Where have you seen this Latin phrase, Soli Deo Gloria? Actually, we worship weekly at St. Bede Episcopal Church in Forest Grove, Oregon with these words in front of us. Have they blended into the fabric of our worship space? Where are they? This Latin phrase is emblazoned in gold near the top of the organ case. Why is this phrase on the organ case?
It all goes back over 333 years ago to Johann Sebastian Bach, arguably the greatest organist and composer in the history of Western music. You see, this man of faith believed that music was a “refreshment of spirit”, and a powerful tool for the proclamation of the gospel.
Johann Sebastian routinely marked the tops of his scores with the initials “JJ” and ended his compositions with the initials, “SDG”. Let’s take a minute to look at these two sets of initials.
The initials, JJ stand for, “Jesu, Juva” or “Jesus, Help”. This man, with amazing talent and ability, was praying for help from the very beginnings of his creative impulses. His work was underscored by his deep need and faith. The humility of a great artist towards his Creator God, knowing that he was watched over, heard, and loved. God was intimately involved in his work (and more importantly ~ in him). What a powerful testament for everything we do – Jesu, Juva! Lord, help me make this my prayer .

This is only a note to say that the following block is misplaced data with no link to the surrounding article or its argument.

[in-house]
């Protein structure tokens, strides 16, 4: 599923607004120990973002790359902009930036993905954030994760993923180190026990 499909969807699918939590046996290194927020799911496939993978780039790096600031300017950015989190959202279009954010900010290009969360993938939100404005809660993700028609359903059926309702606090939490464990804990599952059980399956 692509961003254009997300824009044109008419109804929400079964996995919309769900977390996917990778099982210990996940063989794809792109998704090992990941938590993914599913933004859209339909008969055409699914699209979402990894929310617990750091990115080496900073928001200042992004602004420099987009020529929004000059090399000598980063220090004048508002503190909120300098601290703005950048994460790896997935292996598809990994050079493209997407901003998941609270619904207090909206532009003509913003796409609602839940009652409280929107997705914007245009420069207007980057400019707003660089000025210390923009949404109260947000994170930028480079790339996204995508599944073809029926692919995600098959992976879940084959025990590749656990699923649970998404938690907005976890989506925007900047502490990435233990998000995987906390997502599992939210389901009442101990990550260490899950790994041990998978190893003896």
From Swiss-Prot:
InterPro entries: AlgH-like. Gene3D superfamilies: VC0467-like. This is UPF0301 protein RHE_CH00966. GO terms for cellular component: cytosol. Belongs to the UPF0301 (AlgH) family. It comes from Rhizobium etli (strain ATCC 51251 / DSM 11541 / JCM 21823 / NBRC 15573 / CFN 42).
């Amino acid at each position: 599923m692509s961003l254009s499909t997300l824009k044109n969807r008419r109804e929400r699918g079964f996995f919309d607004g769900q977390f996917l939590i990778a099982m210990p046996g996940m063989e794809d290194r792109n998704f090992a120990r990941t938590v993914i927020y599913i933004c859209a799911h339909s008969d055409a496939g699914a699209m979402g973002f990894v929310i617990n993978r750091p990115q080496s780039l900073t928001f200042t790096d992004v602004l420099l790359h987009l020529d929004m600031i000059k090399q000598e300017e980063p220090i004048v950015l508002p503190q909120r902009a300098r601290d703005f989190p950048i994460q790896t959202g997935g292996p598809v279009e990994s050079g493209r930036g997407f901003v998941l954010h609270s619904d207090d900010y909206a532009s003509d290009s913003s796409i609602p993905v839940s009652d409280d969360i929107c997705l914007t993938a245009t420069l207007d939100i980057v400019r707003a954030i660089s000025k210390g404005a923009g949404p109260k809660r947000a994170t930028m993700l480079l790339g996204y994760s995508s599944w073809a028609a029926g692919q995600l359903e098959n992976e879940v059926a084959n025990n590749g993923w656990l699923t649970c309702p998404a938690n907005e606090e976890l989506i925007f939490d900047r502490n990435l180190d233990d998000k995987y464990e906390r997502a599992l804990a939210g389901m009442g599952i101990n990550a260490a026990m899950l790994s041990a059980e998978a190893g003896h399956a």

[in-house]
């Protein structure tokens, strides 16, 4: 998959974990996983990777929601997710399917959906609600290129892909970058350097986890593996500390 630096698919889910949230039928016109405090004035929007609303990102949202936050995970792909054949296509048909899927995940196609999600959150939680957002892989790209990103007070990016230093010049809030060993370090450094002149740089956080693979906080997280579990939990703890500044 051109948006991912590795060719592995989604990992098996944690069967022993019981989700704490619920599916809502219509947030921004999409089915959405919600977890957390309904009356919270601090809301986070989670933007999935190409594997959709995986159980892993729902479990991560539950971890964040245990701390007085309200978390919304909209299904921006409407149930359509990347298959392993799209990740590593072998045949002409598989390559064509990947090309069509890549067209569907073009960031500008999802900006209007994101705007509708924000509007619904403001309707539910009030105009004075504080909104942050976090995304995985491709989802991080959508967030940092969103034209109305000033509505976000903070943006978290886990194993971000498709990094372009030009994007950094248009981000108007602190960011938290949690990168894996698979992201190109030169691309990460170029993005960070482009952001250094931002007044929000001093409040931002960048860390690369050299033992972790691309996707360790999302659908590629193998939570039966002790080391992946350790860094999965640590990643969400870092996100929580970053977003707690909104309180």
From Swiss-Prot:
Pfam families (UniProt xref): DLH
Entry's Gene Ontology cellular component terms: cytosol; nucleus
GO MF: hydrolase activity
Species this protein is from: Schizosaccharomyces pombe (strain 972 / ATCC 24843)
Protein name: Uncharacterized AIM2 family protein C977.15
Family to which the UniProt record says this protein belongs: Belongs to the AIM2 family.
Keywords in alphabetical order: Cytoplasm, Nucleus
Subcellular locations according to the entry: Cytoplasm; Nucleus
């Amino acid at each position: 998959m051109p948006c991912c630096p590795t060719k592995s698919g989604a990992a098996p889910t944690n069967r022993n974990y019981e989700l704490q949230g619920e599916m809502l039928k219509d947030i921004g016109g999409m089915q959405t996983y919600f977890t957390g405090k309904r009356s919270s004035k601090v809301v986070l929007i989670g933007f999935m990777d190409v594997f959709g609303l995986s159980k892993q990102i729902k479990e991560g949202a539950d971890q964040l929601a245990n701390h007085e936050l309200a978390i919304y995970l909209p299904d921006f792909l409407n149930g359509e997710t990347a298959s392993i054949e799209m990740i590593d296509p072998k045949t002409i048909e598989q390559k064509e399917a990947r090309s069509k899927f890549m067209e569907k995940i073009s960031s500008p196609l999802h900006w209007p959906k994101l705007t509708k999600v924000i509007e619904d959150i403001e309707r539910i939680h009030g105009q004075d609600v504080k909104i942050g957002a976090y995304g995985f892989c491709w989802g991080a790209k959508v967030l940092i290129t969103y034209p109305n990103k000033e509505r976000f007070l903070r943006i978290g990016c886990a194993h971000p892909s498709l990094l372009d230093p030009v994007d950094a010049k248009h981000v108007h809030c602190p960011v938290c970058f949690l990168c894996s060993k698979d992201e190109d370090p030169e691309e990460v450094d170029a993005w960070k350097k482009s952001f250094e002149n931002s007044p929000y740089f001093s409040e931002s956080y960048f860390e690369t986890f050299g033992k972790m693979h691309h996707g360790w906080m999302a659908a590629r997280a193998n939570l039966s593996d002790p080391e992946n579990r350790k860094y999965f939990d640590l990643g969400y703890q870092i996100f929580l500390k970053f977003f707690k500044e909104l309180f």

And what about the letters, SDG? Ultimately, Bach believed that music brought glory to God. At the end of most of his scores, Bach bearing witness to his faith and humility, left the initials SDG, the abbreviation for Soli Deo Gloria, or “To God alone be glory”. What a powerful testament we have so prominently before us in our sanctuary. How might we look toward glorifying God not only in our worship but as we live our lives?
Dr. Jeannine Jordan, concert organist, and her husband, David Jordan, media-artist are the creators and performers of the organ and multi-media concert experiences, Around the World in 80 Minutes, Bach and Sons, and From Sea to Shining Sea.